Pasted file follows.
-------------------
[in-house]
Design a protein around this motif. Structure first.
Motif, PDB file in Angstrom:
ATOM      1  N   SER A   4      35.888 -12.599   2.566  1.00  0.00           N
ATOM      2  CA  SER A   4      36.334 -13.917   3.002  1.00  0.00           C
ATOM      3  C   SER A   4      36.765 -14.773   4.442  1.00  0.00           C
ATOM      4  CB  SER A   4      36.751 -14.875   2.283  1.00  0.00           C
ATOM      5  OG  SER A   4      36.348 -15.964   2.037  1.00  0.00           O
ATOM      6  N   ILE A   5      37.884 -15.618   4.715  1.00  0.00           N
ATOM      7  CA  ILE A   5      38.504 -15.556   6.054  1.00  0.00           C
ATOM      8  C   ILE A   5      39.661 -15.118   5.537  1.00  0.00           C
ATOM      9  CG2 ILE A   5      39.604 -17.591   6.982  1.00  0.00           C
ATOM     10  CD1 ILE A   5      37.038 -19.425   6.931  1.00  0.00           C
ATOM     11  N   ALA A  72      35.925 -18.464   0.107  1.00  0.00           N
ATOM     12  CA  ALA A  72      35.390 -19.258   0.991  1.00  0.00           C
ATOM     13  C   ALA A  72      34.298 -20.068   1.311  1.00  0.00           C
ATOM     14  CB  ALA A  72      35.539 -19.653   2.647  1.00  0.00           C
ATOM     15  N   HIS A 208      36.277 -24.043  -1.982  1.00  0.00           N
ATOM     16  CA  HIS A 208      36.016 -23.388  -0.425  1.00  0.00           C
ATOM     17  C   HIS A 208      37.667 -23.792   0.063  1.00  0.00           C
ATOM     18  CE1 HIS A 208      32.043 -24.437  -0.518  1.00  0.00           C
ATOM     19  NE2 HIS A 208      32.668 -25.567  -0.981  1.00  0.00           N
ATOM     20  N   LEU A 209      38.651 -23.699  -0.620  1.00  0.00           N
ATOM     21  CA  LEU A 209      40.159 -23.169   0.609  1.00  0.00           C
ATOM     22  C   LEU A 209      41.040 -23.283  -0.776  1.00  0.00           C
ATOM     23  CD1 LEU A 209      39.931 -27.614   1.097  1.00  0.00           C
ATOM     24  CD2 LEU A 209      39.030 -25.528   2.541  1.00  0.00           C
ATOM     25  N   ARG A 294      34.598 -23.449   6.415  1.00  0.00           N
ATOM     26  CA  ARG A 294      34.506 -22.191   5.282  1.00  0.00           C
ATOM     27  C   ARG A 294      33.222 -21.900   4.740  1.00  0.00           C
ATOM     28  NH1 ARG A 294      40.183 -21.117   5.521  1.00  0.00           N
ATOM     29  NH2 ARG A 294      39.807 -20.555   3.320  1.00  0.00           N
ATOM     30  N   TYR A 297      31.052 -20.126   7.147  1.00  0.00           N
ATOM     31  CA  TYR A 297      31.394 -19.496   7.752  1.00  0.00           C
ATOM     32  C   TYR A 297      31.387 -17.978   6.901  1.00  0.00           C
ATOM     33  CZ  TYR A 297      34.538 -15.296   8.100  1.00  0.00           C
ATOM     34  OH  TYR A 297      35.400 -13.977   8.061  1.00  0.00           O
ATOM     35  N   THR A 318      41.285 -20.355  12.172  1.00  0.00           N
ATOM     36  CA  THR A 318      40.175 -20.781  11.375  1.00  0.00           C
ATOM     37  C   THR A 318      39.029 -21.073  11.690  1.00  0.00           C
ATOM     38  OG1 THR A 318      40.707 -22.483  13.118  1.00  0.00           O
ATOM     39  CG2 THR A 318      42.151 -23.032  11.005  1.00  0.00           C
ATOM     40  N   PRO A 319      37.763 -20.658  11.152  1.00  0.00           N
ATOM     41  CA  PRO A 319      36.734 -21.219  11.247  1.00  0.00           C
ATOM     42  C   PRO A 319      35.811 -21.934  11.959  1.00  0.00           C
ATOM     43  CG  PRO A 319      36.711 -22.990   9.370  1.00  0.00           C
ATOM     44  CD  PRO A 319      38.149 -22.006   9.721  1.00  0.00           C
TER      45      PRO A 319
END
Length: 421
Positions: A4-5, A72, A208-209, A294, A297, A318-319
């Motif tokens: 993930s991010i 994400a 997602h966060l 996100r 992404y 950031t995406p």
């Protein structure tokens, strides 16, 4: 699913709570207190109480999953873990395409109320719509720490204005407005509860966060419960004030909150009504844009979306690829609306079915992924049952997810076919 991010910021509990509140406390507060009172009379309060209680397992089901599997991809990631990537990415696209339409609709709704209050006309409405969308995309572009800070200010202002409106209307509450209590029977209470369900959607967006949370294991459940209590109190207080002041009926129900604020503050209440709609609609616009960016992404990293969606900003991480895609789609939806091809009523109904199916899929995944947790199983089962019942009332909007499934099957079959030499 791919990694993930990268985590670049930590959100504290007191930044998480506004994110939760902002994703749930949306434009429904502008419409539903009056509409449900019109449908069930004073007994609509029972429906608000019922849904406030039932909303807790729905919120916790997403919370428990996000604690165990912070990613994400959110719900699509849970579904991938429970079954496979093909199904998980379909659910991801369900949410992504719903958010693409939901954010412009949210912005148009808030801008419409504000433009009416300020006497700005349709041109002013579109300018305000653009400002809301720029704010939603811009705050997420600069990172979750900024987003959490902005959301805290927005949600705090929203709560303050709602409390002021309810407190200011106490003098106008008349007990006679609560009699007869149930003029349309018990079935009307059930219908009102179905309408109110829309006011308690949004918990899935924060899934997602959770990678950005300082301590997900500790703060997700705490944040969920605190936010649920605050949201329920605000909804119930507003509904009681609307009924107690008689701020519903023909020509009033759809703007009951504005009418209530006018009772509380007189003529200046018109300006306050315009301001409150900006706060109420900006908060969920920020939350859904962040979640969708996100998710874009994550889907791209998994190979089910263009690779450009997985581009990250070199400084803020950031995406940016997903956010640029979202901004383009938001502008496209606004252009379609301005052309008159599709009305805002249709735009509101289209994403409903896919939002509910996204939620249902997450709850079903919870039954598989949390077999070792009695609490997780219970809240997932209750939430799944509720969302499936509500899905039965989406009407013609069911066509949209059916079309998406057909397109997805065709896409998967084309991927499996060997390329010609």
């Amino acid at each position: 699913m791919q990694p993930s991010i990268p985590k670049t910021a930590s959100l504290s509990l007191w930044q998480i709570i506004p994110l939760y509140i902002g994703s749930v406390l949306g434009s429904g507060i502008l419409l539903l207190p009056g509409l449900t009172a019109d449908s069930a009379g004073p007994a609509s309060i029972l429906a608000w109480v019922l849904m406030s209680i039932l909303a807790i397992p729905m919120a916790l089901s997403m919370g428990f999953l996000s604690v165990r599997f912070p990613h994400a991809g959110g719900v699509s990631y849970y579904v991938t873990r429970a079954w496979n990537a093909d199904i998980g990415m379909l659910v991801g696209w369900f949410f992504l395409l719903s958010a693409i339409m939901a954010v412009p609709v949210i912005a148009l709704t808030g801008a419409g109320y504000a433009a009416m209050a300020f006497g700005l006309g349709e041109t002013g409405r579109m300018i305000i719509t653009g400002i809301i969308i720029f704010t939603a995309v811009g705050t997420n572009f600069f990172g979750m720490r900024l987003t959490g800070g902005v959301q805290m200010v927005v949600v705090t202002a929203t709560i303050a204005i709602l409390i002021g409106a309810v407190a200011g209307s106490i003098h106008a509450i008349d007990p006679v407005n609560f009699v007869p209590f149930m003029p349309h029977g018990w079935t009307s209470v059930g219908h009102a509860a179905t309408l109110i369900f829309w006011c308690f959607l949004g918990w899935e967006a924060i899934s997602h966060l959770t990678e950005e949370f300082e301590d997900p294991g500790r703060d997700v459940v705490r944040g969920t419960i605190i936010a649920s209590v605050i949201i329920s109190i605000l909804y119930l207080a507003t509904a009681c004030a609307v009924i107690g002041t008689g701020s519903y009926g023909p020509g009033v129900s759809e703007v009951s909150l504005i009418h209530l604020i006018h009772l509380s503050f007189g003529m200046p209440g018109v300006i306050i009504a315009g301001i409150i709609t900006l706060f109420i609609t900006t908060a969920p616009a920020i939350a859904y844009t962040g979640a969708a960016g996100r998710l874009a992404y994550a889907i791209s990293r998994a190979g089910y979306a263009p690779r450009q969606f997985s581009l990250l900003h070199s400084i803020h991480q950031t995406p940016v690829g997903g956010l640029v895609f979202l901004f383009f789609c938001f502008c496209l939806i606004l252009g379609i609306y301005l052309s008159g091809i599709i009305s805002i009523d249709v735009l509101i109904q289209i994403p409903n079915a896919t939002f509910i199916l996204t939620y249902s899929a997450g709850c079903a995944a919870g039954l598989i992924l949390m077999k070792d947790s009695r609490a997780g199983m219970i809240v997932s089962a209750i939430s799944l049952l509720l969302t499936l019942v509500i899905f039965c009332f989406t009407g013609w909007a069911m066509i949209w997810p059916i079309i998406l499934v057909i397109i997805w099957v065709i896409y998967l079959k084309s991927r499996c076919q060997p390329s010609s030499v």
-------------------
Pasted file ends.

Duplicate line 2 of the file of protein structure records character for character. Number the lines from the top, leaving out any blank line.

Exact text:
Design a protein around this motif. Structure first.